According to the National Fire Protection Association (NFPA), around 26% of fires that occurred in the United States from 2015 to 2019 started as house fires. What’s worse is that 75% of fire deaths were caused by house fires. Hence, to protect yourself and your family from fires, it’s critical to install a fire alarm at your home.
There are two kinds of smoke detectors for household use: ionization alarms and photoelectric alarms. Let’s take a look at their key features so you can choose the appropriate one:
Ionization alarms contain a tiny amount of radioactive material. This kind of smoke alarm generates a current that is triggered by smoke particles, setting off the alarm. Since they are very sensitive, they are suited for fast-flaming fires that don’t emit a lot of smoke, like burnt wiring. With that said, they’ll likely cause false alarms in the kitchen, so it’s best to keep them in the bedroom.
Photoelectric alarms are pricier than ionization alarms, but they’re better at detecting smoldering fires. In other words, they respond rapidly to fires that burn for hours. Photoelectric alarms rely on a photocell and a light beam that faces away from the former. When smoke enters the alarm, it “scatters” the light emitted by the beam. As the light hits the photocell, it triggers the alarm.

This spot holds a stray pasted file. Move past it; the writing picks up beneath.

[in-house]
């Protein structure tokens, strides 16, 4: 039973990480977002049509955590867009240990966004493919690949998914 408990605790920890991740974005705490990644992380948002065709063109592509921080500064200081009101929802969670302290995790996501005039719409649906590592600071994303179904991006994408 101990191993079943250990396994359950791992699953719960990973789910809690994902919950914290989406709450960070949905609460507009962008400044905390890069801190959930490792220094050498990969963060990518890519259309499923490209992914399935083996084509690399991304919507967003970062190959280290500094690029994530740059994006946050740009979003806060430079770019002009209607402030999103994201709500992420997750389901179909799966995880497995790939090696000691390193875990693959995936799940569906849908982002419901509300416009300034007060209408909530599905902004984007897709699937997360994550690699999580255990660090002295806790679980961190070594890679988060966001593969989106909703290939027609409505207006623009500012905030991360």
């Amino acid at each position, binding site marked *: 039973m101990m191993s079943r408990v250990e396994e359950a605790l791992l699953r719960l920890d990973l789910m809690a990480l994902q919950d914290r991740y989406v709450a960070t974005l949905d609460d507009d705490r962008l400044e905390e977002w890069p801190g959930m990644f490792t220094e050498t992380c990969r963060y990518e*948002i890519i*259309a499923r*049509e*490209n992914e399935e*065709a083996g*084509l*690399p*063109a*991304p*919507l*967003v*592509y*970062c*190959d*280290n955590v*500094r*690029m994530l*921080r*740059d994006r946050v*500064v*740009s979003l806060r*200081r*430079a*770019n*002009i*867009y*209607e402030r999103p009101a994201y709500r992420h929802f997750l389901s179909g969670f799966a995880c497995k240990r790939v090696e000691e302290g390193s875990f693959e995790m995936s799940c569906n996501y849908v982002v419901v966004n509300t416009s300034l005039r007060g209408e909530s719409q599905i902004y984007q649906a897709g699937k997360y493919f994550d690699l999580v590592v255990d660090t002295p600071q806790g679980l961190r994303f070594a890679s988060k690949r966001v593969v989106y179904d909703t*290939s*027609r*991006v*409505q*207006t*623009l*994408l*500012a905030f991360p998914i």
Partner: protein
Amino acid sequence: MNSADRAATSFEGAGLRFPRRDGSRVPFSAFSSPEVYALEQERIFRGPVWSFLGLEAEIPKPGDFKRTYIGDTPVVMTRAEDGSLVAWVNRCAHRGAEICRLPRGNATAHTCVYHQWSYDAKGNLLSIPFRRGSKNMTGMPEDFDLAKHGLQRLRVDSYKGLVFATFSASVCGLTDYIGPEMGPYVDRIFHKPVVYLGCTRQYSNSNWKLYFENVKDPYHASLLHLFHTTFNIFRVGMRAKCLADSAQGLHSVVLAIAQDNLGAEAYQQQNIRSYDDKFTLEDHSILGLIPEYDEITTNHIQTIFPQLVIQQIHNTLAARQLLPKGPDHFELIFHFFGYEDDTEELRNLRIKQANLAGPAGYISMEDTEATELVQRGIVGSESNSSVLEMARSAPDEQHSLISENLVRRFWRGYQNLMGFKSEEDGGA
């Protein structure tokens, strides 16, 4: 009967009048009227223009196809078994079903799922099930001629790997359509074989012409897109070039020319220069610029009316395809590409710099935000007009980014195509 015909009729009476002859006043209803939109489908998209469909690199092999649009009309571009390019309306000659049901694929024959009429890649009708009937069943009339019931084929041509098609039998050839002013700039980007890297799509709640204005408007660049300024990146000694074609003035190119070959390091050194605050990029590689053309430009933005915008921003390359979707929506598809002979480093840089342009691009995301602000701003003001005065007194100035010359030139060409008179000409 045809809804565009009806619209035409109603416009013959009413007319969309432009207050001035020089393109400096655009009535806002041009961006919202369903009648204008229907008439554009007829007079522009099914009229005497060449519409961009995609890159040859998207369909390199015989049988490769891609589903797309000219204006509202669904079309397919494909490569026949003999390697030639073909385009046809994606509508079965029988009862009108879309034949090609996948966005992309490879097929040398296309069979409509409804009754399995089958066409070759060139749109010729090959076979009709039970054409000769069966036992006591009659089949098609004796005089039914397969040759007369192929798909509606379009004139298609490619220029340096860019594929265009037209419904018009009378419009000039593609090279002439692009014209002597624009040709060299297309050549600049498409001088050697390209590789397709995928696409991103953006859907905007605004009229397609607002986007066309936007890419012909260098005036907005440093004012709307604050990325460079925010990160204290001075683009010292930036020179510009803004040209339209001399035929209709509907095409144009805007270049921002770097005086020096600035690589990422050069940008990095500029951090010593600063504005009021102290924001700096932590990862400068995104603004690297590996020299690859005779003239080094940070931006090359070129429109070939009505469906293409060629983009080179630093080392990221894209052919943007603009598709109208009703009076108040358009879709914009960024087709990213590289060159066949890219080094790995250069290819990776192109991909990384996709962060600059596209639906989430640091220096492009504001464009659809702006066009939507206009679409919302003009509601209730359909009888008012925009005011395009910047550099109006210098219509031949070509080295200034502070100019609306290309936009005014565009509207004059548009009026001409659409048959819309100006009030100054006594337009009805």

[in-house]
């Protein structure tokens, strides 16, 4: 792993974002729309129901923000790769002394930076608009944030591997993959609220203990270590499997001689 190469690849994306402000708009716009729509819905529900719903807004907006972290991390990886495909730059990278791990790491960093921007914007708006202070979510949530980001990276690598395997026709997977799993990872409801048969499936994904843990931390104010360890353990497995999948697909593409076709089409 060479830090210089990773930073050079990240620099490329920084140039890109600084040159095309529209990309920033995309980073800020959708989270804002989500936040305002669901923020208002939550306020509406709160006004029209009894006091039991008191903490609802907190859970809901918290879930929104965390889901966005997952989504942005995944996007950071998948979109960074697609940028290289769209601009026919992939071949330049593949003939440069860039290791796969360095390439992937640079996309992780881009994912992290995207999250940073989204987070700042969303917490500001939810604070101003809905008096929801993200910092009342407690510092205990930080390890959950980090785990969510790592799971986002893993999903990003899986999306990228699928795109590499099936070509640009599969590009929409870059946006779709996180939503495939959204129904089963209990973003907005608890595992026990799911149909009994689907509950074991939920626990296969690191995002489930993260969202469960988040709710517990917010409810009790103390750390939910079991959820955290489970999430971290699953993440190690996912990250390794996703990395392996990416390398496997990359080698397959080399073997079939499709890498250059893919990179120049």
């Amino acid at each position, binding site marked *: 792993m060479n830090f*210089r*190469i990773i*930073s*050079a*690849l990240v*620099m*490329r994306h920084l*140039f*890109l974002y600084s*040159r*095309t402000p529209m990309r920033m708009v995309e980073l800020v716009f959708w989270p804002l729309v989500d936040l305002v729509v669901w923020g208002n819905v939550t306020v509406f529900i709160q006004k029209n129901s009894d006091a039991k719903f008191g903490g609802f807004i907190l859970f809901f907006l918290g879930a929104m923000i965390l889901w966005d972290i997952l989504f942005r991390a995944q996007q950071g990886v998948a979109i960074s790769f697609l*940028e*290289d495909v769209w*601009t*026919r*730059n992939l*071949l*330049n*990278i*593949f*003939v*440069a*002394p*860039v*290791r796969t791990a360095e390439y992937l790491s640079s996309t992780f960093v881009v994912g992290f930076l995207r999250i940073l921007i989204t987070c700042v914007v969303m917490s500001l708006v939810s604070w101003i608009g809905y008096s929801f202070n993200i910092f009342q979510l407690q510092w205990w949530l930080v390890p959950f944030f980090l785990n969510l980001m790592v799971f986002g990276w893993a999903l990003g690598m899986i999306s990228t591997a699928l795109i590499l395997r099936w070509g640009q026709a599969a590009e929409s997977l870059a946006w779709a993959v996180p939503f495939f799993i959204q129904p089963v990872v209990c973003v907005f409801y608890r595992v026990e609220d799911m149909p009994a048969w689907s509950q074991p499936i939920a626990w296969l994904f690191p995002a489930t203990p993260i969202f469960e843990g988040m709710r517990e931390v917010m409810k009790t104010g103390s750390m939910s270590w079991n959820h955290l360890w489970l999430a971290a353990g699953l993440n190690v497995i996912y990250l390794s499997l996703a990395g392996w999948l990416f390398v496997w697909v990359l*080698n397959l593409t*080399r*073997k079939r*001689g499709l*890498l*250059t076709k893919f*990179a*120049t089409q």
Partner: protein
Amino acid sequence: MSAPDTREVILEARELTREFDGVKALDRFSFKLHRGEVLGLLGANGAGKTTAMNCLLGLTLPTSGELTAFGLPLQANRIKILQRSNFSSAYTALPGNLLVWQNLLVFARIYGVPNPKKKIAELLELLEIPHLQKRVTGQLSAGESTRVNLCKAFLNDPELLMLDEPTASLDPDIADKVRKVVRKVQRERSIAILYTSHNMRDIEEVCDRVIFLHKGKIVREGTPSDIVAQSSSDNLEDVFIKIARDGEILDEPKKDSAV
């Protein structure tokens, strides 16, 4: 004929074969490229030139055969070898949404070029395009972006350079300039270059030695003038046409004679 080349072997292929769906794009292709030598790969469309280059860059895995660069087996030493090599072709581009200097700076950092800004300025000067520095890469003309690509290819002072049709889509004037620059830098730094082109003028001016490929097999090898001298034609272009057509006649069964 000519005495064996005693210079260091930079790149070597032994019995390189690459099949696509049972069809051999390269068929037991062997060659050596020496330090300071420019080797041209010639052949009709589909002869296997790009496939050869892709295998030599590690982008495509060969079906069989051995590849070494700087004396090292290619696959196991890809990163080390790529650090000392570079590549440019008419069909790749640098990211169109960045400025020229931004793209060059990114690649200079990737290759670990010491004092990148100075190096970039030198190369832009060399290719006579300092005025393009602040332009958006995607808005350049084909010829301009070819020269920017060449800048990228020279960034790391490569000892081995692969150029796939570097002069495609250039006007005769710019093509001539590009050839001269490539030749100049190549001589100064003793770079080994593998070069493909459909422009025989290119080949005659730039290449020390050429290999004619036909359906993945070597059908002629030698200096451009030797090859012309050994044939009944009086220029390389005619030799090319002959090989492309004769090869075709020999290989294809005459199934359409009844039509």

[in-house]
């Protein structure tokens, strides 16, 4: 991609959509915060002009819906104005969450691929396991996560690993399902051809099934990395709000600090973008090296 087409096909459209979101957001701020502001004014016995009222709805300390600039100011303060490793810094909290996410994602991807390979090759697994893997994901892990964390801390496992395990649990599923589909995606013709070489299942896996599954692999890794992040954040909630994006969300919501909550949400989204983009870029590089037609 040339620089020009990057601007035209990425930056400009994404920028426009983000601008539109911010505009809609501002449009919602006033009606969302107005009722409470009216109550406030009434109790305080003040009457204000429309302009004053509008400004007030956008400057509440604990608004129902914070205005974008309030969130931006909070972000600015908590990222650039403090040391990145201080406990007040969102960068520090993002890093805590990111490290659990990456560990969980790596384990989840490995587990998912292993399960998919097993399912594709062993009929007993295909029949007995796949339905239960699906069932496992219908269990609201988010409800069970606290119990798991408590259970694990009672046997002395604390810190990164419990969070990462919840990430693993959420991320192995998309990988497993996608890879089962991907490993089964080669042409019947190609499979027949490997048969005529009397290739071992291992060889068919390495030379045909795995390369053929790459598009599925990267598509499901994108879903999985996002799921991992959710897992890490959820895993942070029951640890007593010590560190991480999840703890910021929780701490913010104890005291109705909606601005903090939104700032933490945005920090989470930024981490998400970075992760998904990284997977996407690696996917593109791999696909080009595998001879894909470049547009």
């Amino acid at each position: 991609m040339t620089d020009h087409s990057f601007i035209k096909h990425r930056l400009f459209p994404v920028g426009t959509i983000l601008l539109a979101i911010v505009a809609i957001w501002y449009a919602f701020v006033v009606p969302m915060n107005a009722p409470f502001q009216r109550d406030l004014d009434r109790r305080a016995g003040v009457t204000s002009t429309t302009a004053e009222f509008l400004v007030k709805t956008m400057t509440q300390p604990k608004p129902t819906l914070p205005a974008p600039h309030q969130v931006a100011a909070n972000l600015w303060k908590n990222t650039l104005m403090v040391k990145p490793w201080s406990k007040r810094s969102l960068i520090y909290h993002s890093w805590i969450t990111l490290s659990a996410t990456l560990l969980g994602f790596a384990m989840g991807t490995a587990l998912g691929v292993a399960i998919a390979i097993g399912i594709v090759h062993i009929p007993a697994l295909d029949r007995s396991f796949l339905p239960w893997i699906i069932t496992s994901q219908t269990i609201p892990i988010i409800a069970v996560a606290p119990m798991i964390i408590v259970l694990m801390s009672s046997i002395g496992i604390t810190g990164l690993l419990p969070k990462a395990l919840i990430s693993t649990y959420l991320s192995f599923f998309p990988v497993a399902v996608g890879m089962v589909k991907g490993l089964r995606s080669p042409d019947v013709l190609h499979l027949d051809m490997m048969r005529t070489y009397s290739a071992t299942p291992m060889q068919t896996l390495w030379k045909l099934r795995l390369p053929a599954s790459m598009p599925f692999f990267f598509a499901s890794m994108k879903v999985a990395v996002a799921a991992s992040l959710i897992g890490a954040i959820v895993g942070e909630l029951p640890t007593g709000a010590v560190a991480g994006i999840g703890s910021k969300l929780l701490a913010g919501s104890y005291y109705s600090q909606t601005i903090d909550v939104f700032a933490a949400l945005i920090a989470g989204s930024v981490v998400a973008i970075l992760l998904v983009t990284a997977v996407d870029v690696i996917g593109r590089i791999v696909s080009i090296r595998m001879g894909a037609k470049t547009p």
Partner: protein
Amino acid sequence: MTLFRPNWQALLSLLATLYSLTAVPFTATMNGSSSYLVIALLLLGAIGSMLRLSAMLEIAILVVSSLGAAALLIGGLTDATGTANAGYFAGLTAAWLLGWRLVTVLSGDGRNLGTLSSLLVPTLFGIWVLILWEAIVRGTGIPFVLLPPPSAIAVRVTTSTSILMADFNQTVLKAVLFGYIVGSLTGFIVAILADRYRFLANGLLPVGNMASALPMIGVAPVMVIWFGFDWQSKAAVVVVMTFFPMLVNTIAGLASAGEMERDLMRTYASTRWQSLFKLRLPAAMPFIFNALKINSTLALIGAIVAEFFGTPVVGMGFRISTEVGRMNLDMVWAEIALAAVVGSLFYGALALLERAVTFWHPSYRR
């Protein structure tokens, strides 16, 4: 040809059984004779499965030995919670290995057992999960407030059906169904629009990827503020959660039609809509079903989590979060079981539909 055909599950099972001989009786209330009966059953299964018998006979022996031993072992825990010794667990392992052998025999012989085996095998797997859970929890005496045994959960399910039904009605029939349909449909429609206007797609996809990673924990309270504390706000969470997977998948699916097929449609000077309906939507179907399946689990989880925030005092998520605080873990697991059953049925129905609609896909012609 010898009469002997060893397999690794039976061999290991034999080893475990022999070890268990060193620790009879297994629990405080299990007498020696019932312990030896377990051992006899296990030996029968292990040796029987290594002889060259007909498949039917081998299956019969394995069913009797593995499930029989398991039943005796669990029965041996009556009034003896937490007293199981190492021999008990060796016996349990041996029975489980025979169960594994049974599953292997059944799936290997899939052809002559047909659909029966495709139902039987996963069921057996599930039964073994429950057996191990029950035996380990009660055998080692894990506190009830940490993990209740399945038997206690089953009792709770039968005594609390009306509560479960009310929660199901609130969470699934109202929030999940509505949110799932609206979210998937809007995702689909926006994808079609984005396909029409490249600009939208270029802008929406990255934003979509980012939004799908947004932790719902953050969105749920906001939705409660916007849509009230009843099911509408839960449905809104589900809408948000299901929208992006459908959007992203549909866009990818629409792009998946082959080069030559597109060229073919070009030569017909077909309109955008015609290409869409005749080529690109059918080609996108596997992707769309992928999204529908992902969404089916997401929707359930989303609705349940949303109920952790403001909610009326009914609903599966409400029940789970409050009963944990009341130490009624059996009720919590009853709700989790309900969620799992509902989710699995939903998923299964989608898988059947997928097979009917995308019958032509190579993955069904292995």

There are other types of alarms that you should consider installing in your house:
Fires can start anywhere, which is why you should always install a fire alarm or two. As a rule of thumb, install fire alarms all around your house, particularly in areas such as:
Position your fire alarms properly. When installing a fire alarm, remember these tips from the NFPA:
Fire alarms can save your life, so having them in your home is non-negotiable. To protect yourself and your family, hire a professional to inspect the fire-prone areas in your house. You can also call a technician to check your appliances so they don’t pose a fire risk.